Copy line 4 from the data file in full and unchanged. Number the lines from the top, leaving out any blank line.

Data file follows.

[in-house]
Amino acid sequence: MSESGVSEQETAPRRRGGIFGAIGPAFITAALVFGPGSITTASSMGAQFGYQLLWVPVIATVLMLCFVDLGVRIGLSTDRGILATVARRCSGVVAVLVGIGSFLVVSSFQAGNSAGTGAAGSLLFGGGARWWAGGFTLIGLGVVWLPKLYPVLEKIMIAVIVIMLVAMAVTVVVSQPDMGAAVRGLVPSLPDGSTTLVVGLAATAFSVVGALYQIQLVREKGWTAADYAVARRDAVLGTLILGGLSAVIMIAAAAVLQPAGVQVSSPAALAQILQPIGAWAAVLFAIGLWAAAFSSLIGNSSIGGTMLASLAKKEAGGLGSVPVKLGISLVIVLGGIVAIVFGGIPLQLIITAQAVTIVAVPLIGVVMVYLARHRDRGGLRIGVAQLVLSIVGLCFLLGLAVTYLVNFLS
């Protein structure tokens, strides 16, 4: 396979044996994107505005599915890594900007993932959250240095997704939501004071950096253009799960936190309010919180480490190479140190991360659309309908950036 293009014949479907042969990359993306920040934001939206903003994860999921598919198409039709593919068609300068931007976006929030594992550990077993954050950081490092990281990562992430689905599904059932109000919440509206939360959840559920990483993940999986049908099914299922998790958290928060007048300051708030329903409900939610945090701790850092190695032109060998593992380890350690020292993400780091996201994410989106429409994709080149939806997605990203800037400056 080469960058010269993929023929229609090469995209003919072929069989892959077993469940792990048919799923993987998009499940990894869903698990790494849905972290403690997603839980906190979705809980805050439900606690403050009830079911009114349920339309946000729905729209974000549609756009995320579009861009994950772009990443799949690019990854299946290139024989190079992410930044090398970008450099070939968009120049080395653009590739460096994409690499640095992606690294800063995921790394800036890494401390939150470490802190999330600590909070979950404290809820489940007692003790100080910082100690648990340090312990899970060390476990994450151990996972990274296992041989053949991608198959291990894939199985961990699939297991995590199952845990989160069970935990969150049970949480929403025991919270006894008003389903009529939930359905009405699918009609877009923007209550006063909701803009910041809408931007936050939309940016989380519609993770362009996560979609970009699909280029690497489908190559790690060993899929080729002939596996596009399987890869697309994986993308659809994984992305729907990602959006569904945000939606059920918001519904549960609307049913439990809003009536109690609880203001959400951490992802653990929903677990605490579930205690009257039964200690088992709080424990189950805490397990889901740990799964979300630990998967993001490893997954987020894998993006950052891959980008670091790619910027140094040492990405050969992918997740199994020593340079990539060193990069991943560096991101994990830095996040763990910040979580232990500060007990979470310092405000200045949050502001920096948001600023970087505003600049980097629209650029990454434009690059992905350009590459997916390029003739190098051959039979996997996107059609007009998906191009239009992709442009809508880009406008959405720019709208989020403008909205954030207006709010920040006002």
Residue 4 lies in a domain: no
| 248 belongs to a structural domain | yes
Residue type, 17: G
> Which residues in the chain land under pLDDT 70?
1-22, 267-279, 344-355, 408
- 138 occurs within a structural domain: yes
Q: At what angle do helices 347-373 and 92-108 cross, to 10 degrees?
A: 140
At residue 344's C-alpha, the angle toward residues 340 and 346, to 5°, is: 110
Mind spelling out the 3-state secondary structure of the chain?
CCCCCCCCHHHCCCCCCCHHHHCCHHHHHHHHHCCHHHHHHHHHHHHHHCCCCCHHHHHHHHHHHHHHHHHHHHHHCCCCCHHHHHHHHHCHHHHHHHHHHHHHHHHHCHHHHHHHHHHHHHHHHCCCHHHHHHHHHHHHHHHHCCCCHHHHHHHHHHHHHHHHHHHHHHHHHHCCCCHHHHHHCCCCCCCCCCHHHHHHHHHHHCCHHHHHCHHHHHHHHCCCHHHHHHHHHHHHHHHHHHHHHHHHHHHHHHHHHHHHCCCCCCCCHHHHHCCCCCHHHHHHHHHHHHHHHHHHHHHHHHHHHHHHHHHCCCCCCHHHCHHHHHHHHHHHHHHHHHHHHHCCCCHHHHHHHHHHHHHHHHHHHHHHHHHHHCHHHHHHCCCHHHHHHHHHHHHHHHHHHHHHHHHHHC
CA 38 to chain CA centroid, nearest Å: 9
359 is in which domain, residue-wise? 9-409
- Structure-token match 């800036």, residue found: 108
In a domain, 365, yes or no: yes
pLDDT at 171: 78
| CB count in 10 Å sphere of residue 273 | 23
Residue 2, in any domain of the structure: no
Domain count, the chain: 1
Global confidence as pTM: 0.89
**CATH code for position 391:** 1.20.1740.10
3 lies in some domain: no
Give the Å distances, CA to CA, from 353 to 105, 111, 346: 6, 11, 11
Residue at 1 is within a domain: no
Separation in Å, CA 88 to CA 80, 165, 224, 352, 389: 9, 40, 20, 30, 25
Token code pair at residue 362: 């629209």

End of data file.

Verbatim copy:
Residue 4 lies in a domain: no